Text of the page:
Phil
Reply With Quote
  #52  
Old 17-10-2011, 05:29 PM
gregbradley's Avatar
gregbradley
Registered User

gregbradley is offline
 
Join Date: Feb 2006
Location: Sydney
Posts: 15,441
I think Phil is right on the money here. I have used quite a few lenses over the years with CCD cameras.

Nikkor 50mm F1.8, Nikkor 180mm F2.8 ED Canon FD 85 and 105mm, on an STL11, a Pentax 67 55mmF4, 165mm F2.8, 300mm F4 and Canon 18-55mm on a Proline 16803.

The Nikkor 50mm was definitely one of the better ones. The bigger the sensor though as you'd expect the tougher it is on the lens.

The Pentax 67 55mm F4 showed quite a bit of coma but cleaned up mostly with 2x2 binning. The 165 though was quite aberration free fully open at F2.8 as is the 300mm on the Proline 16803 which is quite a feat.

I found in an old camera bag a Pentax 50mm F1.2 which I would like to use on my ML8300. The 8300 should not be so demanding on the lens being aberration free but unless you want to do manual focusing you need something with some decent backfocus.

My imaging train with the Pentax 67 lenses is Proline, filter wheel, PDF focuser, Precise Parts adapter, Pentax 67 lens. I notice focus is like a telescope and quite particular and I think it would be hard to adjust manually.

In the case of FLI the 8300 chip is about 22mm inside the body and the Proline 30. I imagine the ST8300 is similar to the FLI in chip placement.

Another way of focusing I have seen is a rubber belt around the focus ring of the lens attached to a wheel run by a Robofocus.

The Canon FD lenses were a bit disappointing but I did a couple of shots that were OK.

You really need ED lenses in there otherwise there will be some chromatic aberration. In the case of the Pentax 67 it is minor and you can process it out mainly being bright stars look magenta.

The 55mm F4 gives a very widefield view with the Proline 16803 so that 2 images would cover 1/2 the Milky Way approximately.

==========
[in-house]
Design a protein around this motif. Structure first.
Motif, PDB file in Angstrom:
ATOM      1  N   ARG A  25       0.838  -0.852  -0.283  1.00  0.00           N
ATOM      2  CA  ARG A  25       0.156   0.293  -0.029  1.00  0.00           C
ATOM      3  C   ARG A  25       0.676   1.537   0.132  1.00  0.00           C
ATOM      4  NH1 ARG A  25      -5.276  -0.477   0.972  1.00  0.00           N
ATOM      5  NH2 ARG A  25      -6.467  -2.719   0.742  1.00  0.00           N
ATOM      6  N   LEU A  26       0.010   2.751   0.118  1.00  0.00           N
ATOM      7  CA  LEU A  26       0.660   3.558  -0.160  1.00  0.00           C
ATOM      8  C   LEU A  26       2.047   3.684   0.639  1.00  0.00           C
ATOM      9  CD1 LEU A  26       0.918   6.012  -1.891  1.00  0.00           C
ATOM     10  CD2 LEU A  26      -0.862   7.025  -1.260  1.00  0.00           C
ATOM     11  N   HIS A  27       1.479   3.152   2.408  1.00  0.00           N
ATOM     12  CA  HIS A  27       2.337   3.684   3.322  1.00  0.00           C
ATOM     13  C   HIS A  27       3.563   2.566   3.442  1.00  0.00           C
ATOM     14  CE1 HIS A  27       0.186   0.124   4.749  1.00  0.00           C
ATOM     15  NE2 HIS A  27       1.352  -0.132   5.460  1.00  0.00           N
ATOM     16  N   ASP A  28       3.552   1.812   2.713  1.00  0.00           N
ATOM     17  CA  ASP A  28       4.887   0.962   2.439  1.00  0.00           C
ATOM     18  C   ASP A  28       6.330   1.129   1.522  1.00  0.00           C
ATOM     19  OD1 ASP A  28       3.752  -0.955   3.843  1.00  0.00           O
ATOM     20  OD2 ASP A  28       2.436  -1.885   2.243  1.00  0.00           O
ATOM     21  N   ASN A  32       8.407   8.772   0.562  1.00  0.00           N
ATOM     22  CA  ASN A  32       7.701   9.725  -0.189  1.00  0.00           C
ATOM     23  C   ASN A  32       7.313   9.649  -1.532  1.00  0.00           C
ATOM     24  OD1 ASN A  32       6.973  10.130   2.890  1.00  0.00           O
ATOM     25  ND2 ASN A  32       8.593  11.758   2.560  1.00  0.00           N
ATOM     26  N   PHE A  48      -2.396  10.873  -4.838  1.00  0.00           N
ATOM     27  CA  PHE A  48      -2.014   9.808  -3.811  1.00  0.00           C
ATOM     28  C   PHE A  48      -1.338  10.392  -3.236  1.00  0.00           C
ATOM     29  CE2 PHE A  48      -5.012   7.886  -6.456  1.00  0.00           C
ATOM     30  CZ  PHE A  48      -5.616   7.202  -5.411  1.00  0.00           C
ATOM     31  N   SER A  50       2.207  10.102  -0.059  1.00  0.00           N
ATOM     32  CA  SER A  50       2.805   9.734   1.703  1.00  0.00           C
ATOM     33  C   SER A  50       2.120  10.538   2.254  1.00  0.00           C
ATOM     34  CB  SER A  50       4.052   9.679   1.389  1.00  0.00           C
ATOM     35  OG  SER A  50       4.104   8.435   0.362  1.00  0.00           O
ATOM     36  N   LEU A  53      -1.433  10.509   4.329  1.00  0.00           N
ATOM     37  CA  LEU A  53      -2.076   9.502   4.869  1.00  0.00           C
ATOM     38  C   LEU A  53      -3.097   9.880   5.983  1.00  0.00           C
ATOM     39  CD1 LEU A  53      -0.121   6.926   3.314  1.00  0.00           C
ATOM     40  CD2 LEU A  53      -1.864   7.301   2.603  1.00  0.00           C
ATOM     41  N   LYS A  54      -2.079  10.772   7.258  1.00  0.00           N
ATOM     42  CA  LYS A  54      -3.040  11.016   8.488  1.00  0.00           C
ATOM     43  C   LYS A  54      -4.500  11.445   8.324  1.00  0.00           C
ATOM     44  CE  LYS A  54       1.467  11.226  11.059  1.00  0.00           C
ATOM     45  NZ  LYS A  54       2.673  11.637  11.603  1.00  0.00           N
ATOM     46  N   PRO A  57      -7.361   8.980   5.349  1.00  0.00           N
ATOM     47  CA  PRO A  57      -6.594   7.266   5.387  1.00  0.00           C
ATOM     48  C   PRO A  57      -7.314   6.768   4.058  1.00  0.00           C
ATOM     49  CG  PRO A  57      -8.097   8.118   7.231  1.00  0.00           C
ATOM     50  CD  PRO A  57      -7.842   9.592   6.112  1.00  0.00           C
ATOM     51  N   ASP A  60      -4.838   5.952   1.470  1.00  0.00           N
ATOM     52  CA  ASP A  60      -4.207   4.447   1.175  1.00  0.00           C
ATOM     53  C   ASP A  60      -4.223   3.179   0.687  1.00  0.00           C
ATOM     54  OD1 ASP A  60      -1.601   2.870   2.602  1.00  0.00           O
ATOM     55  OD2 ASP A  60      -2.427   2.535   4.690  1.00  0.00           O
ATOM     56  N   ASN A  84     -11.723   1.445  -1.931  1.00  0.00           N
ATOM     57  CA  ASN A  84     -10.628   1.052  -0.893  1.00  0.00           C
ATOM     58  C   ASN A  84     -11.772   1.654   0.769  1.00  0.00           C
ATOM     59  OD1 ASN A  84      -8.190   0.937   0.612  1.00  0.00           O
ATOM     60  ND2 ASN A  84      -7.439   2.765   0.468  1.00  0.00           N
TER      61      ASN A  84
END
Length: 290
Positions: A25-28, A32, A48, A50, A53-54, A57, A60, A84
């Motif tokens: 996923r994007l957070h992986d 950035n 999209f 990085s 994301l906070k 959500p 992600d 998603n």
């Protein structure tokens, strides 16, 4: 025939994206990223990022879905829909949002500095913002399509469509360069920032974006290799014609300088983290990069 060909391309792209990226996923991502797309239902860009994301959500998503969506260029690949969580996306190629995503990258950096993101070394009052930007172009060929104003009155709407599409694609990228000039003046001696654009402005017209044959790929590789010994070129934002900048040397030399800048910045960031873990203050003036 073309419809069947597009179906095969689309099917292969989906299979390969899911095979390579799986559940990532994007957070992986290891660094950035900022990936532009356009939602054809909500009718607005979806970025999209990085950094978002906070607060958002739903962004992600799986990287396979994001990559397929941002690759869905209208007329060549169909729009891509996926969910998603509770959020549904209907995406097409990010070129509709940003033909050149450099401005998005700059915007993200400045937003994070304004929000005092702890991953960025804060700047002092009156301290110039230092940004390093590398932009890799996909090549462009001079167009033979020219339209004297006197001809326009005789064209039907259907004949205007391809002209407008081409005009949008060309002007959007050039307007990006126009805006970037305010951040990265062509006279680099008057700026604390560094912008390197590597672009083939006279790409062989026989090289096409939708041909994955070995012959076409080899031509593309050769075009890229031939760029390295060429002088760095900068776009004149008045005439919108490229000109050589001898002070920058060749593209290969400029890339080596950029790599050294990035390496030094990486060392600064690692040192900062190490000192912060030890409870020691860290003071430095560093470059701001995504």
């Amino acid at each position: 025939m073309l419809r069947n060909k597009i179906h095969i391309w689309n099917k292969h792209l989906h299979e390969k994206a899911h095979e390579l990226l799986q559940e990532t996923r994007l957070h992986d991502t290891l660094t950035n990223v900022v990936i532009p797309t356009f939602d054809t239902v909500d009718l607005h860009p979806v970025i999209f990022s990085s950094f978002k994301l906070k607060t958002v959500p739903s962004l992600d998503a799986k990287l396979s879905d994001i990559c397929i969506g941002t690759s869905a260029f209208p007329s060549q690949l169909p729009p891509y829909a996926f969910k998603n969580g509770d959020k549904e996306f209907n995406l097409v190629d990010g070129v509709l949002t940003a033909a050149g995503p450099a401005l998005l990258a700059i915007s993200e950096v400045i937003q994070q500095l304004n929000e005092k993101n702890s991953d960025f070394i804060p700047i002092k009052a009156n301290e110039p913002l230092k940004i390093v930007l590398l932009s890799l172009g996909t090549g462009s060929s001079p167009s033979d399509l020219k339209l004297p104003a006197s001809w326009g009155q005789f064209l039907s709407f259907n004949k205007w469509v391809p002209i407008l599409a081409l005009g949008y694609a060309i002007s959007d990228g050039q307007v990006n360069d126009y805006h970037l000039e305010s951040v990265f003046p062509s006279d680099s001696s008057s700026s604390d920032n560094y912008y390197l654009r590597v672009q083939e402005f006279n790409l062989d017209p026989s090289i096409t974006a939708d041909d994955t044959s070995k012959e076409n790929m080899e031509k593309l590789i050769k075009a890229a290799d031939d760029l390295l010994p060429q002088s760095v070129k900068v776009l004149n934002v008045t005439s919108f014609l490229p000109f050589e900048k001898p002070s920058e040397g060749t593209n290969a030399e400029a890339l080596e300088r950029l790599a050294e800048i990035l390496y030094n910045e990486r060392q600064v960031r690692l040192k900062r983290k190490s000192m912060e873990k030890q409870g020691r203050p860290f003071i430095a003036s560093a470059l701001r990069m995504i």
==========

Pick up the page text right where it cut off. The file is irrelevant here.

I am beginning to feel a Canon 5D would be the best camera for this type of shot with a nice fast short focal length lens like Phil uses or Alex uses with his Nikon D3

The Nikon 14-24 would be very tempting if you have the budget for it.
I am waiting for the 5D Mark 111 to be released before I get a 5D camera but it may not be that different for wide field images than the current model.


I found this guide to Pentax 67 lenses very helpful:

http://www.antiquecameras.net/pentax6x7lenses.html

There was another table I read which listed the backfocus of many different lenses. There are only a few that match this 87mm or so backfocus. The Pentax 67 lenses are fairly plentiful on ebay as are adapters to make them fit Canon cameras.

I am not sure how they compare to Canon L lenses but they are very good for CCD cameras.

So in summary the Nikkor 50mm and the Pentax 67 165mm F2.8 so far have been the standouts. The Nikkor 180mm F2.8 ED as I recall was also good but too long for what you have in mind.

Of course any lens you get for an APS sized sensor you need to multiply the focal length by 1.6 to match a full frame 5D or Nikon D3 etc. Full frame will be wider field for any lens. So when Phil mentions a particular lens his camera is a 5D and the same on your 550D will be a factor of 1.6 less in FOV.

Best,

Greg.
Reply With Quote
  #53  
Old 18-10-2011, 02:54 PM
Martin Pugh
Registered User

Martin Pugh is offline
 
Join Date: Nov 2006
Location: Canberra, Australia
Posts: 1,243
Thanks for the input and comprehensive replies.

Greg - my 550D will be relegated to daytime photography, as I am pretty disappointed with it. It is no use on my Solarmax DS90 and too noisy to be used in astro way. Obviously I will try out the lens on the camera, but the primary use will be with the ST8300/CFW8. I have no idea at this point whether I will need extra adapters to come to focus....I obviously have the one adapter that interfaces the CFW to the lens.

Phil - thanks a lot. I think I will follow your advice and opt for the 50mm.

cheers
Martin
Reply With Quote
  #54  
Old 18-10-2011, 03:28 PM
gregbradley's Avatar
gregbradley
Registered User

gregbradley is offline
 
Join Date: Feb 2006
Location: Sydney
Posts: 15,441
With my setup I can easily substitute the ML8300 for the Proline 16803.

I'll try that out at some point but unfortunately the Milky Way is fast disappearing soon until next year.

But I should try it on some other target. Perhaps Vela.

Greg.
Reply With Quote
  #55  
Old 05-03-2012, 09:26 PM
Martin Pugh
Registered User

Martin Pugh is offline
 
Join Date: Nov 2006